Then Paul Viner stepped forward. P.V. had missed a great chance in extra-time when clean through, and it took great guts from a player who is normally a reserve to step up. Sadly his world fell apart when the 'keeper saved it. My heart went out to him. Their next one went in to make it 3-3 and we were back to all square. P.D. was the final 'volunteer', after hitting it home, he walked away in relief indicating how his heart was beating - I could almost hear it. Their last man, Phil Stant, ex-Huddersfield Town, stepped up. My brother, John reckoned he would miss - there's always one over the bar he said. Stant and Marps shook hands and said they would have a beer on this one. Stant walked away and turned immediately - not a sign of confidence - and hit it to the left hand corner. Marps though was to reach immortality at Emley, he dived and pulled off the save of a lifetime to put us through and send us delirious.

I couldn't help glancing at the ref to make sure he was happy - he was walking off making a note in his book - I could finally believe it and I nearly hit the stadium roof with joy. There were many tears of joy amongst the Emley faithful, and even those who come for just these occasions couldn't help being caught in the euphoria. I just yelled and danced and put my arms in the air, savouring a moment that will stay with me forever.

Back at the club, the local TV cameras were there, doing interviews with us nobodies, and tapping the atmosphere. The players came back (all except Marps who had to go home to Chesterfield) and we celebrated the greatest night in the clubs history until the small hours. We were off to Upton Park to meet mighty West Ham.

Result: 3-3 (Graham, Nicholson 2 (1 pen)) Penalties: 4-3 (Nicholson, Calcutt, Hurst, David) Att: 4891


Third Round - Saturday 3rd January 1998, West Ham United, Away.

The run-up to the 3rd Round tie was just unbelievable. I would never have dreamed that Emley would be on national radio, (Five Live and Radio 1 amazingly). The national TV News, breakfast television and Sky satellite. The press had a feeding frenzy. Emley were THE big sports news story of the week. All the major national papers came north to find Emley, this village of 1800 people in the Pennines. Most of them couldn't believe their eyes. How could this tiny club be playing West Ham? Eighth in the Premiership, cup winners three times and once European Cup Winners Cup Winners, where one player gets 10,000 Pounds a week, with an average home gate of 24,000. Only in the FA Cup could this happen, unique in all the world.

We got all the stories - 'Pit Paupers' (Emley is an ex-mining village), 'two shops, two pubs and Blondies Unisex Hair Salon', they were all looking for an angle, but generally just the 'Little Emley' tag and the stream of Tinker, Taylor and Candlestick maker versus John Hartson was enough. We had a press conference with national TV, radio, Sky, and Press coverage. The club officials, normally just bothered with organising a coach to Frickley Athletic were overwhelmed. I didn't think I'd see the day when pictures of my home village would be all over the national media.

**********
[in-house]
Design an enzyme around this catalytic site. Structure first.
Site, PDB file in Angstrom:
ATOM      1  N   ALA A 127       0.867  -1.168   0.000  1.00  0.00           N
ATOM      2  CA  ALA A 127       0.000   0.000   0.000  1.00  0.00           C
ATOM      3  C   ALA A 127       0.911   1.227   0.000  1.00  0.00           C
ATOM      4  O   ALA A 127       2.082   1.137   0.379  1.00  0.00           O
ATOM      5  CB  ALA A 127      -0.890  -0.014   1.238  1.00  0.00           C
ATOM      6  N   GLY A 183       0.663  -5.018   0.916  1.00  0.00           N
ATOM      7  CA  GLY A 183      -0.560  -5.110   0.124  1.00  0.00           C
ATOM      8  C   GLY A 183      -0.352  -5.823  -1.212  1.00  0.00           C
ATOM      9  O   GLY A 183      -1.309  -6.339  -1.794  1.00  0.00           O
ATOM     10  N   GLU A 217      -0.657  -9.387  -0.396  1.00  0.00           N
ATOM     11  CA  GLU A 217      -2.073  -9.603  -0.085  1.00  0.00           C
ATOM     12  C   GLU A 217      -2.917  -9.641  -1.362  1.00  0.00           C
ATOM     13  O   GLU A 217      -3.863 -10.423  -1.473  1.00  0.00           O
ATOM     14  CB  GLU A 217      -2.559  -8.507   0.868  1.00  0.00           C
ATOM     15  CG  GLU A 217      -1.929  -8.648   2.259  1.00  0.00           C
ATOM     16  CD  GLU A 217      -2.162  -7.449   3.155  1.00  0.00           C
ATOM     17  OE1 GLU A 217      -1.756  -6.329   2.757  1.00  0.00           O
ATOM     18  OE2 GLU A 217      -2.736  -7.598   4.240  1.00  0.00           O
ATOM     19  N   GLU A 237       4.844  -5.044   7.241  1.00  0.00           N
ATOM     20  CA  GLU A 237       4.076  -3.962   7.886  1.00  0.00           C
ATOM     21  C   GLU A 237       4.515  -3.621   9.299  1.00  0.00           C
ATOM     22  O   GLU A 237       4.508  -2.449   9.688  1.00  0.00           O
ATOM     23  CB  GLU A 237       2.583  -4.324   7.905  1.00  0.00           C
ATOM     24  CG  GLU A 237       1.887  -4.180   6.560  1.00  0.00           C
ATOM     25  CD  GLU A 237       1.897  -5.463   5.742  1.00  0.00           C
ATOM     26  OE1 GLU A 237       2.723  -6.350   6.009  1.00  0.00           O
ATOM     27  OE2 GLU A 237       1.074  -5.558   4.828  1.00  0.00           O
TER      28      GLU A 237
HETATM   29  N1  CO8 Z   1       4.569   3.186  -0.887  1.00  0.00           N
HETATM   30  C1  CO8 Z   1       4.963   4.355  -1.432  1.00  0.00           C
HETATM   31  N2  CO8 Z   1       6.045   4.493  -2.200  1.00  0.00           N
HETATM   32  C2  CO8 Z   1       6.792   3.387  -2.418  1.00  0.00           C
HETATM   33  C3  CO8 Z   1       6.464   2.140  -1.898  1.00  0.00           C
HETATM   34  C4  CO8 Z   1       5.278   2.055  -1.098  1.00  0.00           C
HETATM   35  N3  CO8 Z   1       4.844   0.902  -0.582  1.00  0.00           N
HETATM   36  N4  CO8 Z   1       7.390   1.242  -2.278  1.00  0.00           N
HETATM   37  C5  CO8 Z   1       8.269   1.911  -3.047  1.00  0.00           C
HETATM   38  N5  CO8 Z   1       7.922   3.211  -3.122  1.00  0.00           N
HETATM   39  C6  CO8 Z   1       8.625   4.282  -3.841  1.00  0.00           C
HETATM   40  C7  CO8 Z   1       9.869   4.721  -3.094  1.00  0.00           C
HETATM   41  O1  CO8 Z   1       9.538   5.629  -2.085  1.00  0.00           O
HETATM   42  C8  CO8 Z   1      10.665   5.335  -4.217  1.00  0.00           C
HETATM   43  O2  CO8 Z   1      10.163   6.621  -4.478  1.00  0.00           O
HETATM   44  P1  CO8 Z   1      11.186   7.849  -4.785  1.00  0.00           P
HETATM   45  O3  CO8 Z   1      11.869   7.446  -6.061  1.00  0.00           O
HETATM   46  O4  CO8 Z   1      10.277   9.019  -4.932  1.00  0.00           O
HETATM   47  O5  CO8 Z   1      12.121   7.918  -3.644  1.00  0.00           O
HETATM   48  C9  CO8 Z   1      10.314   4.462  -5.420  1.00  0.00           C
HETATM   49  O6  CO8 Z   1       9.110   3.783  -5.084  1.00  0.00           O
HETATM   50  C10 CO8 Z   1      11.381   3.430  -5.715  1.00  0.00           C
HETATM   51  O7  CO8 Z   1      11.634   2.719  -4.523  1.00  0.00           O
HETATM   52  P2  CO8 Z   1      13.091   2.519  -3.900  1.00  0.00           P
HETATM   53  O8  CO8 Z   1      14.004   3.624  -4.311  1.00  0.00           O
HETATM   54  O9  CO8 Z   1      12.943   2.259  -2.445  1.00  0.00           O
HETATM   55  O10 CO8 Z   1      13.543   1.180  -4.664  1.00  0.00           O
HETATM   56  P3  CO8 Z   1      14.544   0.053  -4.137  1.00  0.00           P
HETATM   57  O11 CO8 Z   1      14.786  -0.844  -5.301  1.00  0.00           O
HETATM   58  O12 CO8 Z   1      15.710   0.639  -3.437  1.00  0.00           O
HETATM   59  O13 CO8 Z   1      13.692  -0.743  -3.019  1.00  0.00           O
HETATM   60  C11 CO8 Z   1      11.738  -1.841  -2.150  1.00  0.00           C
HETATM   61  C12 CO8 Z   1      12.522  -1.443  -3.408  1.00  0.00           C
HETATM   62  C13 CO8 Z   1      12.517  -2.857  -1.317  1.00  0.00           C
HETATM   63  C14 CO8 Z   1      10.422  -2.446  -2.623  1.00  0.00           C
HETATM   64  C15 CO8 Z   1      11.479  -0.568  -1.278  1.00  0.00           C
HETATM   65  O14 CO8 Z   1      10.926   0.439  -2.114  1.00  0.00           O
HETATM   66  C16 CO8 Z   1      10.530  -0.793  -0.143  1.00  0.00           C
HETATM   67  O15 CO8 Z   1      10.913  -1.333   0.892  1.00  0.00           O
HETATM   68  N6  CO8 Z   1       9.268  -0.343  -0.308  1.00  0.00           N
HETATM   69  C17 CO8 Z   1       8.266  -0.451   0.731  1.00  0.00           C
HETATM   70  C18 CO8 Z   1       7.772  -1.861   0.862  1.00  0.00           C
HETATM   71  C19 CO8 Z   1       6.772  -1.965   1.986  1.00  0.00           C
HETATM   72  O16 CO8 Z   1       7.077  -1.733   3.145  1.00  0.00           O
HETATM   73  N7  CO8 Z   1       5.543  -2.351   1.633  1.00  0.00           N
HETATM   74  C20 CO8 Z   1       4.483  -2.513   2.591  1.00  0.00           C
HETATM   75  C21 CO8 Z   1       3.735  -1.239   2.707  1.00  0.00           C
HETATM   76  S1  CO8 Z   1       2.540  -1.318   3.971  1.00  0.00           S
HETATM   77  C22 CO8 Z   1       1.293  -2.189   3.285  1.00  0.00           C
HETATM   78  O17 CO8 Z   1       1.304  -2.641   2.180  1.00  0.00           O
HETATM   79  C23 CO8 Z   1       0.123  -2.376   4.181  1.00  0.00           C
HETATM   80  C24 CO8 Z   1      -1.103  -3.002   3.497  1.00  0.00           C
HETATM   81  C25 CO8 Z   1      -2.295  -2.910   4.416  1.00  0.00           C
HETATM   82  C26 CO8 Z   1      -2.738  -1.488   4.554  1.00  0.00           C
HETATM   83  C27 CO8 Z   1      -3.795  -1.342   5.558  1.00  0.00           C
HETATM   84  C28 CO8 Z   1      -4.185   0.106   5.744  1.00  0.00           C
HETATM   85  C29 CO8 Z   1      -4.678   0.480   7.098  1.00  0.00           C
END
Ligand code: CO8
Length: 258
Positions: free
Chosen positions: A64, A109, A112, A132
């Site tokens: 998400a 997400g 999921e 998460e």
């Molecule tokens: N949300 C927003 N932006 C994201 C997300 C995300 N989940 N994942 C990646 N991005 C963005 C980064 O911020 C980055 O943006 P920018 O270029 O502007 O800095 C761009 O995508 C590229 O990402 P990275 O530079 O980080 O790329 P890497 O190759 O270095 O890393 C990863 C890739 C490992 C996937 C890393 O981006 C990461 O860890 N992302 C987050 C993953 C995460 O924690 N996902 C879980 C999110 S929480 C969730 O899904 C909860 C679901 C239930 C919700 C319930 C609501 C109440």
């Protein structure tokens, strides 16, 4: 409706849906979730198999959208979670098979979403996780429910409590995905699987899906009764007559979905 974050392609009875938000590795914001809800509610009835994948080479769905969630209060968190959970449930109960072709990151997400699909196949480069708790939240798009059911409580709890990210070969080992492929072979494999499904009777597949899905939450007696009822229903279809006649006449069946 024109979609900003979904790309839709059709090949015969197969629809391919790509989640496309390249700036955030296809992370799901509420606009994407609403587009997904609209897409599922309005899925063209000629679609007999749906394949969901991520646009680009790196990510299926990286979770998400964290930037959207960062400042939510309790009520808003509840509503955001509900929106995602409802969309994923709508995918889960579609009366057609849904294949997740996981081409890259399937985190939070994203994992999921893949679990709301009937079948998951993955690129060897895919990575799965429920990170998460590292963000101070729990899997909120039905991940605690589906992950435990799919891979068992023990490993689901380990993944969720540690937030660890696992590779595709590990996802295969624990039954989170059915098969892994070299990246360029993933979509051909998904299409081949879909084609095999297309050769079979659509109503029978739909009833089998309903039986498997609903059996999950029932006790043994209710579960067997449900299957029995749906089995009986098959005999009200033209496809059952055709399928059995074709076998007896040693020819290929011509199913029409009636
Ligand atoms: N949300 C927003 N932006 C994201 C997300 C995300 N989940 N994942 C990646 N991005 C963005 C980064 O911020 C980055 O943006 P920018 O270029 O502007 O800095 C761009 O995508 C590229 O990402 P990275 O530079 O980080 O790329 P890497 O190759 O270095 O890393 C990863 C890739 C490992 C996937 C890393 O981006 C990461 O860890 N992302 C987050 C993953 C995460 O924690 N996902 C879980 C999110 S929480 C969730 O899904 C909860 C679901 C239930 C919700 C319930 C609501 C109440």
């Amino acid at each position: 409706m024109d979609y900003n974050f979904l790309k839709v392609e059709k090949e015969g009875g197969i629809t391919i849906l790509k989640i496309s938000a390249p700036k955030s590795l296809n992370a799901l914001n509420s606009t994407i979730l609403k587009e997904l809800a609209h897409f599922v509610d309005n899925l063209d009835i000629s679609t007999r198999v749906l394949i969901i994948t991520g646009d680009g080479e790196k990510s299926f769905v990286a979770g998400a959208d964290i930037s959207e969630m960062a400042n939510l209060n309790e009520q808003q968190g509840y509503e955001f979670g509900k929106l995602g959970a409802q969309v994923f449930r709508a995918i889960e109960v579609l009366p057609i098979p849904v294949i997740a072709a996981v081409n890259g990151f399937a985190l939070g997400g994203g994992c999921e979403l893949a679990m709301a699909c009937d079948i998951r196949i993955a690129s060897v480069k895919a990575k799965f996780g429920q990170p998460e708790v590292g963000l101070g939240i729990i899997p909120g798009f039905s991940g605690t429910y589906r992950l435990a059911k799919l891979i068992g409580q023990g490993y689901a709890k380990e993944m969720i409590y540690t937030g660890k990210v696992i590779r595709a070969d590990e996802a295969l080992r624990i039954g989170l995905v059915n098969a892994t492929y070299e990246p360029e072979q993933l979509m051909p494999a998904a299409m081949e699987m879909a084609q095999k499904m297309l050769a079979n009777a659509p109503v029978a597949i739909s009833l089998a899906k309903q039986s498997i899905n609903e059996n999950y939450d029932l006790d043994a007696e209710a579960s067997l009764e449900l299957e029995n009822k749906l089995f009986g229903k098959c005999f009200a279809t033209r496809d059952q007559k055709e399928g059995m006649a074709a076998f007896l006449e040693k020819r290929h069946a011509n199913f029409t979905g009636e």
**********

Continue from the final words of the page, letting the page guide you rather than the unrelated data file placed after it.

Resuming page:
When the Friday came round - the day of departure, people were getting used to it. It almost seemed natural to have satellite TV vans parked in the village. The Sun were travelling with us along with Damien whotsit from Look North. We had a big send-off and got to The Tower Hotel, overlooking Tower Bridge in good time. The players and officials had a multitude of interviews to conduct, whilst we just took it all in. Its a strange experience having Sky news filming you queue for and eat breakfast. To see yourself in The Express and read 10 things you did know about Emley, but apparently most people didn't.

The weather on the Saturday was awful, windy and raining. Some games were off, but ours was OK. They seemed to think it would favour us. We all had great fun looking out for ourselves on News at Ten, on Sky News and on Football Focus. The players were keen to hear themselves being interviewed on Radio Five, even though they knew what they'd said. Geoffrey Jessop managed to get on Football Focus. Willy borrowed my brothers tee-shirt to write a slogan on, for the press to photograph after the game. (By 'eck. Who's Emley?' - they know now).

A fire on the Barking Road blocked the way - great for the journalists, since we have two firemen in the team. When we got there we were led a merry dance trying to find the Ron Greenwood Suite for a drink before the game - it was full. We were led to a box room, which turned out to be the players lounge (the one at Emley is better!), where we couldn't get a drink anyway. Apparently this was were Rio Ferdinand was drinking before he subsequently got caught also driving. Now they've stopped serving alcohol.